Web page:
This is not exactly the most pressing question in the baseball blabosphere these days. While we obsess about La Russa and Torre and Mattingly and Ryne Sandberg, while we wonder who the next Mets’ boss will be (“I’m standing right here!” Jerry Manuel says, “I haven’t been fired yet!”) and while Bobby Valentine is shuttled off to every possible job opening, no one seems to care much about the Jays.
Even in a big (and very good) article about the outgoing Jays’ manager — Cito Gaston — there is only passing mention of his possible successor, and then no names are named. Maybe because, beyond a brief mention of wanting someone with MLB experience, the GM doesn’t know himself:
“I don’t have a criteria,” Anthopoulos said. “There are certain traits I
think anybody would agree that everyone looks for in a successful
manager. But I’m really not tied down to any style, whether it’s a
first-time manager or an experienced guy, or it’s age or background, I’m
really not limiting myself at all. I’m being incredibly open-minded.”
I don’t know who the perfect choice is for Toronto — the only candidate I’ve seen mentioned recently is Pat Listach — as they’re sort of a tweener when it comes to the success cycle. They have some older offensive pieces but young pitching. I’ll cop to not following the Jays as much as I follow a lot of other teams, but logic dictates that the future is really in the arms, so you want a guy who can handle a pitching staff.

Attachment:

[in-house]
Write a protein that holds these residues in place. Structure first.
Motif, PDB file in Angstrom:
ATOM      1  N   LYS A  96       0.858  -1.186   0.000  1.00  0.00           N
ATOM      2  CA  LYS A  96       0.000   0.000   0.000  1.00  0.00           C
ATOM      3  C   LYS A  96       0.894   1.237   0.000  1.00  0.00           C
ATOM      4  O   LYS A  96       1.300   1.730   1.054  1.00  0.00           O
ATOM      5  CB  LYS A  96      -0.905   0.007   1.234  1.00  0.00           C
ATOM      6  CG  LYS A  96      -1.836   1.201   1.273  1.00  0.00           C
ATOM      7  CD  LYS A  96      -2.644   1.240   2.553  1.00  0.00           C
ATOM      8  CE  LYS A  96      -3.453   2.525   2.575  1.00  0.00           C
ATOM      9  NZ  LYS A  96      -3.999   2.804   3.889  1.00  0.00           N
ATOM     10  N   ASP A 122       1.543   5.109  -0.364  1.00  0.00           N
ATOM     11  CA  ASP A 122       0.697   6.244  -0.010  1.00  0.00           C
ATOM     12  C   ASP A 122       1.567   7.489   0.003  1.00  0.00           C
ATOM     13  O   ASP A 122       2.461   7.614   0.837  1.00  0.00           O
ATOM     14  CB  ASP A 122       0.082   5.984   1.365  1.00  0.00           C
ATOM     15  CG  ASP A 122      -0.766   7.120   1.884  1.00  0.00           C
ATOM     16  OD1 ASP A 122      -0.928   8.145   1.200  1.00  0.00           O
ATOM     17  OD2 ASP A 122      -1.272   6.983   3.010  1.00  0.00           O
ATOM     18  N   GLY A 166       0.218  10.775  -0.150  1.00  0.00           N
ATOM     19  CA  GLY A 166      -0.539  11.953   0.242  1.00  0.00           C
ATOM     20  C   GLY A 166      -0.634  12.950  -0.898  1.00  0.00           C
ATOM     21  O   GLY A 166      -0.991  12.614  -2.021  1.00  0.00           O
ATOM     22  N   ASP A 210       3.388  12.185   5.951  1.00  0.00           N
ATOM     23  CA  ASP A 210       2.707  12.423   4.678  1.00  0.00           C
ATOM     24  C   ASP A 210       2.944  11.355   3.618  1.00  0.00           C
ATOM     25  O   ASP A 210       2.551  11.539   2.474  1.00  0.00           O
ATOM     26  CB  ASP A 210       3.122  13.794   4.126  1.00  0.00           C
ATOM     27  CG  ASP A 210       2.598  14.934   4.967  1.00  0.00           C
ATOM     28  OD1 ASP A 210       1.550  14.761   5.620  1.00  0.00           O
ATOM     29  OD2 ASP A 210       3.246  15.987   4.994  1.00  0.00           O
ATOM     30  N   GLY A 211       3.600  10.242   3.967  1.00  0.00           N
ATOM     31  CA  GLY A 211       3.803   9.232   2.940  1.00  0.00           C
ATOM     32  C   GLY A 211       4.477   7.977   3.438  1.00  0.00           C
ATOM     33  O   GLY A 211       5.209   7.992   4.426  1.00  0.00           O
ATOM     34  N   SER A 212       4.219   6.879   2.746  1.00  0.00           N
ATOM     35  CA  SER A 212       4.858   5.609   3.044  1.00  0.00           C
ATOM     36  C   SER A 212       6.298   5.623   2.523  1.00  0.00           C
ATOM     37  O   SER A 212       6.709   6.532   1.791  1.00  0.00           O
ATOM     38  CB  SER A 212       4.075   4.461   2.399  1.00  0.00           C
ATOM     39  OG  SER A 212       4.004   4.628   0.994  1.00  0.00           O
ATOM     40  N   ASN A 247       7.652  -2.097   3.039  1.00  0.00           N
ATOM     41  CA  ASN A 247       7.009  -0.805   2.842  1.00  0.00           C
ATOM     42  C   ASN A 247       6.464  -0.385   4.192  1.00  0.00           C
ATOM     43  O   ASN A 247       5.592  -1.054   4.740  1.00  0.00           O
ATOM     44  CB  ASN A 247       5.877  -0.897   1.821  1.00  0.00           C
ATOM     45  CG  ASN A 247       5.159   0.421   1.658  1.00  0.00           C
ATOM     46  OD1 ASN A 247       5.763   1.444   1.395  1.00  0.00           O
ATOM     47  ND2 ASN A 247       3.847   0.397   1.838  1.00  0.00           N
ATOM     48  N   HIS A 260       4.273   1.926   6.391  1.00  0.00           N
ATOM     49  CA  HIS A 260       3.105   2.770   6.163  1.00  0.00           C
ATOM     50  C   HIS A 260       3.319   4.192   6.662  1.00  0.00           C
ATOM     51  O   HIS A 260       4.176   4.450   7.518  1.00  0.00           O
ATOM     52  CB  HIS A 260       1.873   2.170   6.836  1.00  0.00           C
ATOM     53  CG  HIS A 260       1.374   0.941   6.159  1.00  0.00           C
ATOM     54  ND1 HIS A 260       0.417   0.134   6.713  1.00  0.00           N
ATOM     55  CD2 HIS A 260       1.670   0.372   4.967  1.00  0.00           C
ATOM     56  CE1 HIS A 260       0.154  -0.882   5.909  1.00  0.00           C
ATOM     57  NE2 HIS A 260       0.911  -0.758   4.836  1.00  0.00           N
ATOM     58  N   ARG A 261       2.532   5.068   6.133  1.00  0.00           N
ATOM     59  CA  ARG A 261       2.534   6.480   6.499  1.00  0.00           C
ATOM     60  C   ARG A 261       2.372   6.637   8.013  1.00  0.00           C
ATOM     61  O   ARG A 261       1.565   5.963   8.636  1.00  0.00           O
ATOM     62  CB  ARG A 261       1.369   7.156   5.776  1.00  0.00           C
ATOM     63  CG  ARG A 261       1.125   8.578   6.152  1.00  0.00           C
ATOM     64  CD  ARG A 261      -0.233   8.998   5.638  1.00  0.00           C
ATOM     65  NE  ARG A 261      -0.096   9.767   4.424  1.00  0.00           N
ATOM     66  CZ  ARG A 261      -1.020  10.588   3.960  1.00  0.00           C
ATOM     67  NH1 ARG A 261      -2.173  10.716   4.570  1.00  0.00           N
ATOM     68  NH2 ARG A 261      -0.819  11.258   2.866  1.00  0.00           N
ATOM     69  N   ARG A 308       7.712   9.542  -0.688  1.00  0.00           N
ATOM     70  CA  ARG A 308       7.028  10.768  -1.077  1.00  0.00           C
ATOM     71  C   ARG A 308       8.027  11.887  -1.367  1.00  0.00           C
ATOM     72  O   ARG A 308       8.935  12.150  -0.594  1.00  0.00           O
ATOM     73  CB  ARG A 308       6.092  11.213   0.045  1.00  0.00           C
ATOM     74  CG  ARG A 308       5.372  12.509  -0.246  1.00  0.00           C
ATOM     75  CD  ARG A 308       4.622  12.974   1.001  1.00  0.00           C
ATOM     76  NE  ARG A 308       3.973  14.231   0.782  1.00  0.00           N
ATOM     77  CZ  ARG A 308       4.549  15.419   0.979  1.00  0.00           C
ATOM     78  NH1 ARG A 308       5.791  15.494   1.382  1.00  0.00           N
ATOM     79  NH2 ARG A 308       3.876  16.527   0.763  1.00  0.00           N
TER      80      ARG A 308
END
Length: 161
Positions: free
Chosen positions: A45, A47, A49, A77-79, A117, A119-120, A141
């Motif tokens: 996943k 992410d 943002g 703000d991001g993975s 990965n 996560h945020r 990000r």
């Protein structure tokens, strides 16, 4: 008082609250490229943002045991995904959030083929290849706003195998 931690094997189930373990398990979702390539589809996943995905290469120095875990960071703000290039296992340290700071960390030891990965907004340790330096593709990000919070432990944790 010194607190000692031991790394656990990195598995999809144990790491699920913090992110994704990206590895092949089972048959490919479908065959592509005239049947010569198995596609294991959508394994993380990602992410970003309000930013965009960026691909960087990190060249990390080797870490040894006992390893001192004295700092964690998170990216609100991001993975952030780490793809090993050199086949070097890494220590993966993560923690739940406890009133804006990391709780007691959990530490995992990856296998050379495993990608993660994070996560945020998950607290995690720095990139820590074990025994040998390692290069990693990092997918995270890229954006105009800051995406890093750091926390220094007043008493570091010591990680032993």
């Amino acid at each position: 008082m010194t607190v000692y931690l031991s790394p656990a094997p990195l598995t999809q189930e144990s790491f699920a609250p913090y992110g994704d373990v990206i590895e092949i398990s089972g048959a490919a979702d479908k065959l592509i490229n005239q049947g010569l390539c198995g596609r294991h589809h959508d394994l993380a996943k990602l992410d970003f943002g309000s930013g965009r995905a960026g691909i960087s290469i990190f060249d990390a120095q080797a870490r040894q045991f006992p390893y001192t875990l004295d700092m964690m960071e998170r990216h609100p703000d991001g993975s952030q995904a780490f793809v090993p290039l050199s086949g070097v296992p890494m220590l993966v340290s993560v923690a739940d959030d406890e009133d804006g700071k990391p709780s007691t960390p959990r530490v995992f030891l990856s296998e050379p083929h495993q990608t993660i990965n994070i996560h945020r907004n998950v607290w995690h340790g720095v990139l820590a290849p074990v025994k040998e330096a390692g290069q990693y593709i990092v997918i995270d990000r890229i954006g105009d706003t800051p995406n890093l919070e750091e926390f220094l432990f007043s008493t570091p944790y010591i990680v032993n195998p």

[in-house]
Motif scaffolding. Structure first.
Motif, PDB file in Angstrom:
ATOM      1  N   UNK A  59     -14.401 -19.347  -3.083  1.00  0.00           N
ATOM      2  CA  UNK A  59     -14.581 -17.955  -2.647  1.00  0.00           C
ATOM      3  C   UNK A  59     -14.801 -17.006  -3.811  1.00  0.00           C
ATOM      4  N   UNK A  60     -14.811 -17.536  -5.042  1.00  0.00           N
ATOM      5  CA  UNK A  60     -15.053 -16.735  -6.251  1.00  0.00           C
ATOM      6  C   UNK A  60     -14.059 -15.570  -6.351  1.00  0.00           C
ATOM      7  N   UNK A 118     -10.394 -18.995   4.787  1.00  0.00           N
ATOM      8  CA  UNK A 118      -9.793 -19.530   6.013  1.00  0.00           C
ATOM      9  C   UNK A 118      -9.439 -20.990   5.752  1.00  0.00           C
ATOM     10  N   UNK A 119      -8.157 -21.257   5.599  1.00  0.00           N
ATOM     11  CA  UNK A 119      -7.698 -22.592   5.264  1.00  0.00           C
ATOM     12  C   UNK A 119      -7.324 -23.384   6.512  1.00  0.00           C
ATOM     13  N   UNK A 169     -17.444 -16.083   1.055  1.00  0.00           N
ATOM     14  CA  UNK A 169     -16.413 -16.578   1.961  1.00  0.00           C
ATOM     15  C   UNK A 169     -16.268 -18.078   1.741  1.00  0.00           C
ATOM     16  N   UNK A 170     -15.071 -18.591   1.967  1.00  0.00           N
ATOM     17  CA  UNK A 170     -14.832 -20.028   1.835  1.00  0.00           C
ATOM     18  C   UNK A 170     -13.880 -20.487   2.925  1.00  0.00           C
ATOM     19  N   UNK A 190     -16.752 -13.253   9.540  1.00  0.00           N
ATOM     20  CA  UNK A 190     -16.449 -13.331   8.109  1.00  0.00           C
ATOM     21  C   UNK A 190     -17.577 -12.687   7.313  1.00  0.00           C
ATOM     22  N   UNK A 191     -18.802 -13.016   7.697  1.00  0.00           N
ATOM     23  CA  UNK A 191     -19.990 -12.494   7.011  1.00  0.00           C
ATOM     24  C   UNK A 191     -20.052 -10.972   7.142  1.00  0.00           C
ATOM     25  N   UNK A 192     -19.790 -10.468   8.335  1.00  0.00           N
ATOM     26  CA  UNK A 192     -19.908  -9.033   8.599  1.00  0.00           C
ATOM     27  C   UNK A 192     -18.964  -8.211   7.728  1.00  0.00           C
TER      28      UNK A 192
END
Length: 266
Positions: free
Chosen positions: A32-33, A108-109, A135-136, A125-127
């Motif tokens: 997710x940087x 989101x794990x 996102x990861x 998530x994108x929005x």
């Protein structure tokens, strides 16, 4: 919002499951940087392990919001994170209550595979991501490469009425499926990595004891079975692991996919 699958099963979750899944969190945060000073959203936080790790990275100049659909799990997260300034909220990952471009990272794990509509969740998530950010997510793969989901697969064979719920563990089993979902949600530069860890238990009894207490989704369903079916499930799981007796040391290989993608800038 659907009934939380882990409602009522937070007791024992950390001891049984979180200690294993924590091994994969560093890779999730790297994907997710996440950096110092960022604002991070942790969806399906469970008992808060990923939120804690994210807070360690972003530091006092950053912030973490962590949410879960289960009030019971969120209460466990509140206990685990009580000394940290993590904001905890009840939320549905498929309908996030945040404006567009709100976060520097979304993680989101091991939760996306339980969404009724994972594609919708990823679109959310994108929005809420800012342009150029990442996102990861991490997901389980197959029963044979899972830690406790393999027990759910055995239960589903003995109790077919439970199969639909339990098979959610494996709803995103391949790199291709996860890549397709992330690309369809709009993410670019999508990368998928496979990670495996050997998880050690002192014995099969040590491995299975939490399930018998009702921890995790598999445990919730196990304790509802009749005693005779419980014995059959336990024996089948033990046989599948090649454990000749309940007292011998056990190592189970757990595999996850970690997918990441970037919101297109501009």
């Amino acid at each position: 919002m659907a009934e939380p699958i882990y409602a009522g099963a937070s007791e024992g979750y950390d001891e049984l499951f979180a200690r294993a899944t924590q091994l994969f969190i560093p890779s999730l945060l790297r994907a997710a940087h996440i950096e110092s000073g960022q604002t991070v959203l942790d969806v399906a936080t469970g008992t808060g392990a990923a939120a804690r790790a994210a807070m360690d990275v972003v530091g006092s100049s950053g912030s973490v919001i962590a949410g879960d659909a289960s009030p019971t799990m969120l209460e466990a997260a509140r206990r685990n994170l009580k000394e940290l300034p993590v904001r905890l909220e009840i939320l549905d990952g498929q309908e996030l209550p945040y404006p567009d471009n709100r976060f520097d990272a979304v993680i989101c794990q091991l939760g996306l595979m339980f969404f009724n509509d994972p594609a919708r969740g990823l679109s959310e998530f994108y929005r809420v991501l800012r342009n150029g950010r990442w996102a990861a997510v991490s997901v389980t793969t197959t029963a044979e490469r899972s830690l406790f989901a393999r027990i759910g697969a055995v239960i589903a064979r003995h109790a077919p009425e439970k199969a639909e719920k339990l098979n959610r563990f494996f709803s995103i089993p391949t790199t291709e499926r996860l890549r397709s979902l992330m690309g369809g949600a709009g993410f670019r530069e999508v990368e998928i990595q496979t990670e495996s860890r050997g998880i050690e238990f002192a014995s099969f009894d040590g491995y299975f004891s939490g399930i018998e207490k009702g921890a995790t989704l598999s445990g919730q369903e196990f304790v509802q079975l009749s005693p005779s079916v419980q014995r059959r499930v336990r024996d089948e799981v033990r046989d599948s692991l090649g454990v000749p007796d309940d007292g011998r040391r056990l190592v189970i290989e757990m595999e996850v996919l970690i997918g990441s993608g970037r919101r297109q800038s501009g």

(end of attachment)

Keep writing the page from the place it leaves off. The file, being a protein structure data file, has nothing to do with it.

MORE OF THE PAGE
Any ideas? None of the usual suspects out there really strike me as good fits. I’d say a minor league guy might be best, assuming he’s had some experience with helping a smart organization work with young pitching. Really, though, I’m kind of lost on this one and would like some of you guys to help me out.
You do know what a Maddux is, right? In case you forgot, it’s a complete game shutout in which the starter throws fewer than 100 pitches. Friend of HBT Jason Lukehart invented that little metric and, because Greg Maddux is my favorite player ever, it’s pretty much my favorite stat ever.
In the Yankees-Red Sox game tonight it was Masahiro Tanaka doing the honors, tossing 97-pitch three-hitter in which he only allowed one runner to reach second base to beat Boston 3-0. He only struck out three but he didn’t walk anyone. He retired the last 14 batters he faced.
Chris Sale was no slouch himself, striking out ten in eight innings. He’s pitched great this year but he’s not getting any help. The Sox have only scored four runs in his five starts. Boston has scored only 13 runs in their last seven games. They’ve been shut out three times in the past seven. They scored more runs than anyone last year, by the way.
The game only took two hours and twenty-one minutes. Or, like, half the time of a Yankees-Red Sox game in the early 2000s. Progress, people. We’re making progress.
Nick Piecoro of the Arizona Republic reports that Diamondbacks pitcher Shelby Miller has a tear in his ulnar collateral ligament and is considering undergoing Tommy John surgery. Surgery would end Miller’s 2017 season and would cut into a significant portion — if not all — of his 2018 season as well.
Miller sent his MRI results to Dr. Neal ElAttrache and Dr. James Andrews for second and third opinions, respectively. He could choose to rehab his elbow rather than undergo surgery, but that comes with its own set of positives and negatives.
Miller lasted only four-plus innings in his most recent start on Sunday and carries a 4.09 ERA on the season, his second with the Diamondbacks. His time in Arizona has not gone well.